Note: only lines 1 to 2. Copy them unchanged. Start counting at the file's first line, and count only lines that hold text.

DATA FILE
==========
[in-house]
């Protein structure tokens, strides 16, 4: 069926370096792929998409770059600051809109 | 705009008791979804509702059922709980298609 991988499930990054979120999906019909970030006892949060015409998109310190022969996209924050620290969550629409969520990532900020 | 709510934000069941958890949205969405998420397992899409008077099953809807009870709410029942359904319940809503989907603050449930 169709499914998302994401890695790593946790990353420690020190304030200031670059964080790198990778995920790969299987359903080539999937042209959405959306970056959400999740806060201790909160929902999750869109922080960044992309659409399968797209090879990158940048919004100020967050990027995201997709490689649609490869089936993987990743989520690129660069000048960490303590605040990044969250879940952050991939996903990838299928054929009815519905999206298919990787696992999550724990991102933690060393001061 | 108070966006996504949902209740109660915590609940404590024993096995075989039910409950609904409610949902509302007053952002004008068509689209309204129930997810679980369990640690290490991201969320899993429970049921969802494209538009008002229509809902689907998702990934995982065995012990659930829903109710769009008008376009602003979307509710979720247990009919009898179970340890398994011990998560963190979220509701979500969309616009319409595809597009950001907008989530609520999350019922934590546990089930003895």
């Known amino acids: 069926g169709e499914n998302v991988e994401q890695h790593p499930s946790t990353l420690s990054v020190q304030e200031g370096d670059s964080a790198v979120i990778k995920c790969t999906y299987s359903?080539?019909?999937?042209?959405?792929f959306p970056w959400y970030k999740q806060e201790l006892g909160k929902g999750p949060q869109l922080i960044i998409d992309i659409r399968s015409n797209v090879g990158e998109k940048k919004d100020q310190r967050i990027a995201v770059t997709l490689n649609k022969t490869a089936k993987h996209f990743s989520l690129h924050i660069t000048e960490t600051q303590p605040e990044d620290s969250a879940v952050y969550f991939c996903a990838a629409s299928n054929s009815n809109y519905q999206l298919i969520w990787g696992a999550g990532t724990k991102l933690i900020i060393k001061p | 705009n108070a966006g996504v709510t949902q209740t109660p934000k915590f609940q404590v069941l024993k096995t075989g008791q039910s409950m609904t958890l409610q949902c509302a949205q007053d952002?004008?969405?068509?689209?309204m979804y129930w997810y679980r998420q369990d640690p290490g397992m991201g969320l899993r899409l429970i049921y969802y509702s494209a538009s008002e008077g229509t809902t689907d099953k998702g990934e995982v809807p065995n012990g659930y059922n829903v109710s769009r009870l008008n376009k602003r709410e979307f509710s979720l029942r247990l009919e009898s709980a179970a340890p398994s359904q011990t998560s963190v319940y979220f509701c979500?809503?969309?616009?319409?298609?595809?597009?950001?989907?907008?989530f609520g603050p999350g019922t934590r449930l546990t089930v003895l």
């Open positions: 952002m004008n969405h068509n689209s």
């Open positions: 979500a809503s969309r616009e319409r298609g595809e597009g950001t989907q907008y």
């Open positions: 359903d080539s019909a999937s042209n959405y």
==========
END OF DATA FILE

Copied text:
[in-house]
């Protein structure tokens, strides 16, 4: 069926370096792929998409770059600051809109 | 705009008791979804509702059922709980298609 991988499930990054979120999906019909970030006892949060015409998109310190022969996209924050620290969550629409969520990532900020 | 709510934000069941958890949205969405998420397992899409008077099953809807009870709410029942359904319940809503989907603050449930 169709499914998302994401890695790593946790990353420690020190304030200031670059964080790198990778995920790969299987359903080539999937042209959405959306970056959400999740806060201790909160929902999750869109922080960044992309659409399968797209090879990158940048919004100020967050990027995201997709490689649609490869089936993987990743989520690129660069000048960490303590605040990044969250879940952050991939996903990838299928054929009815519905999206298919990787696992999550724990991102933690060393001061 | 108070966006996504949902209740109660915590609940404590024993096995075989039910409950609904409610949902509302007053952002004008068509689209309204129930997810679980369990640690290490991201969320899993429970049921969802494209538009008002229509809902689907998702990934995982065995012990659930829903109710769009008008376009602003979307509710979720247990009919009898179970340890398994011990998560963190979220509701979500969309616009319409595809597009950001907008989530609520999350019922934590546990089930003895």